As a business leader, you undoubtedly have a team of people working for you to cover various everyday functions. For instance, you may have salespeople, customer service staff, warehouse employees to deal with customer orders, and so forth.
When you hire an employee, you agree to pay them an agreed salary in exchange for them carrying out specific daily tasks for your business. The trouble is, you can’t just leave things at that and expect your staff to work each day without further intervention.
If you have an entirely hands-off approach to employee management, and you just leave your staff to it, two things will happen. Firstly, they won’t get any recognition for their hard work, and secondly, they’ll eventually get fed up and look for a job elsewhere.
Why will those employees get fed up? The answer is simple: if there’s no one to provide support or recognize when they go above and beyond the call of duty, they won’t feel like a valued asset of your business. They’ll also deter other people from working for you!
It makes sense to take some actionable steps to prevent your employees from hating you with those thoughts in mind. Here are a few suggestions that will inspire you and help you avoid a mass exodus of employees from your organization:
Recognize When People Over-Achieve
Let’s face it: there will be times where your employees don’t just offer the standard of work expected of them; they will go over and above the call of duty. For example, they might help a customer overcome a uniquely challenging situation using your products and services.
They might even carry out work that isn’t part of their remit to help facilitate a large incoming order. Those are just two of many examples of how your company’s most prized assets – your staff – can help your business to become awesome!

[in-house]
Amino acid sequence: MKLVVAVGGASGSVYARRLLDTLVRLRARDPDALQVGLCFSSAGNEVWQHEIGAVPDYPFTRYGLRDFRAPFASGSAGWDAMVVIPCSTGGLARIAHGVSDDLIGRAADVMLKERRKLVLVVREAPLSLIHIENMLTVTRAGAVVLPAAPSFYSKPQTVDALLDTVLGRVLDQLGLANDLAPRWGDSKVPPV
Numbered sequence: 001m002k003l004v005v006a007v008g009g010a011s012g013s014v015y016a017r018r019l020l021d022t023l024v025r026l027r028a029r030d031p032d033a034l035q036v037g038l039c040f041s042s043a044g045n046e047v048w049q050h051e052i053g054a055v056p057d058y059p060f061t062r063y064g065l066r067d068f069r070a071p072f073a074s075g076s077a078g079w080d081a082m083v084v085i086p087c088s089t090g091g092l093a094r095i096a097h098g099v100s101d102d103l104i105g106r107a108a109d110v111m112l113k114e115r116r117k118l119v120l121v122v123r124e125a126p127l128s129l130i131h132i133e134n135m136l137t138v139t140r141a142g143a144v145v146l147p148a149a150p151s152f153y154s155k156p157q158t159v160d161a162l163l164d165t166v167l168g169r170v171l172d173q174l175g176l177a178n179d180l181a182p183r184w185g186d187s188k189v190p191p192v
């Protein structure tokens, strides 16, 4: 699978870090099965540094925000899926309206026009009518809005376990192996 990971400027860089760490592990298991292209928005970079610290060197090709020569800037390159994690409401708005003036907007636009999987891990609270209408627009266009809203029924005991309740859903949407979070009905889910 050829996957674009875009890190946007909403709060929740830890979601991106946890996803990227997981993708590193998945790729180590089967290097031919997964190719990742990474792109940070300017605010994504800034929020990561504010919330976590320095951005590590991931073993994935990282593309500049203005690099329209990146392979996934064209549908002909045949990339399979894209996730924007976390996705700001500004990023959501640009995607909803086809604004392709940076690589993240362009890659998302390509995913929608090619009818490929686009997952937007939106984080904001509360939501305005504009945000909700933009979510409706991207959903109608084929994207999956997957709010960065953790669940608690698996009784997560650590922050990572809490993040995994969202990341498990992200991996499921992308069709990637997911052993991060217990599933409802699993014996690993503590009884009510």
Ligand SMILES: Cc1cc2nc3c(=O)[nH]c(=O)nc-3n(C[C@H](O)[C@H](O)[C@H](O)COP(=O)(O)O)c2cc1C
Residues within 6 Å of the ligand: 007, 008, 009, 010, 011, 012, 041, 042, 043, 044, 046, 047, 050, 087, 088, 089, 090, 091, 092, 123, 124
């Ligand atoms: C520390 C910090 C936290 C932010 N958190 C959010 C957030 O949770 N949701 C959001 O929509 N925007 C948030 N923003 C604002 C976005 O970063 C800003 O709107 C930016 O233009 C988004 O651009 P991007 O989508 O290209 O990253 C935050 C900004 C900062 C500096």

Make sure you recognize when people over-achieve in situations like in the above examples. Otherwise, they won’t bother in the future and simply work to rule instead.
Don’t Micromanage Your Staff
A pet peeve that almost all employees have is when their superiors micromanage them. Micromanagement might be a management style that suits some team leaders, supervisors, or managers, but it’s one that always gets associated with negative connotations.
No one wants to have their boss stand behind their shoulders and watch their every move, and constantly critique their work or chastise them for achieving work objectives in a manner that doesn’t meet with their manager’s approval.
Create Work Schedules That Make Sense
If your business has several part-time employees, you must take steps to ensure that you schedule their time correctly and effectively. For instance, you don’t want long overlaps between shifts or times where no one is covering a specific role or function in your business.
You can use tools like shift scheduling software to ensure that all part-time team members get scheduled in for work correctly and that you can make the most efficient use of their time while they’re at your premises.
Know When to Hire More Employees
As your business grows, so will the requirement for processing orders, dealing with customer inquiries, marketing your brand, and managing your infrastructure. Firstly, if your organization is experiencing growth, congratulations are in order!
Secondly, you will need to hire more employees to cope with the increased demands placed on your business functions. Don’t assume that your existing teams will be happy to take on extra duties and work longer hours.
You need to consider your staff’s wellbeing, and you want to prevent your top talent from helping your competitors grow their businesses instead of yours!
The COVID-19 pandemic has undeniably seen a shift in the way many people work. These days, it has become the norm to spend most or all of your time working from home to help keep COVID-19 from further spreading in communities.
It’s for that reason and more that you need to allow flexibility at your workplace. For example, you should enable staff to spend some time working from home if possible. It also makes sense to allow teams to fit their working hours around their home life commitments.
The above is by no means a complete list of what you should be doing to prevent your staff from hating you and leaving your business. However, they are some of the best things you can do to retain your employees, keep them happy, and achieve a better work-life balance.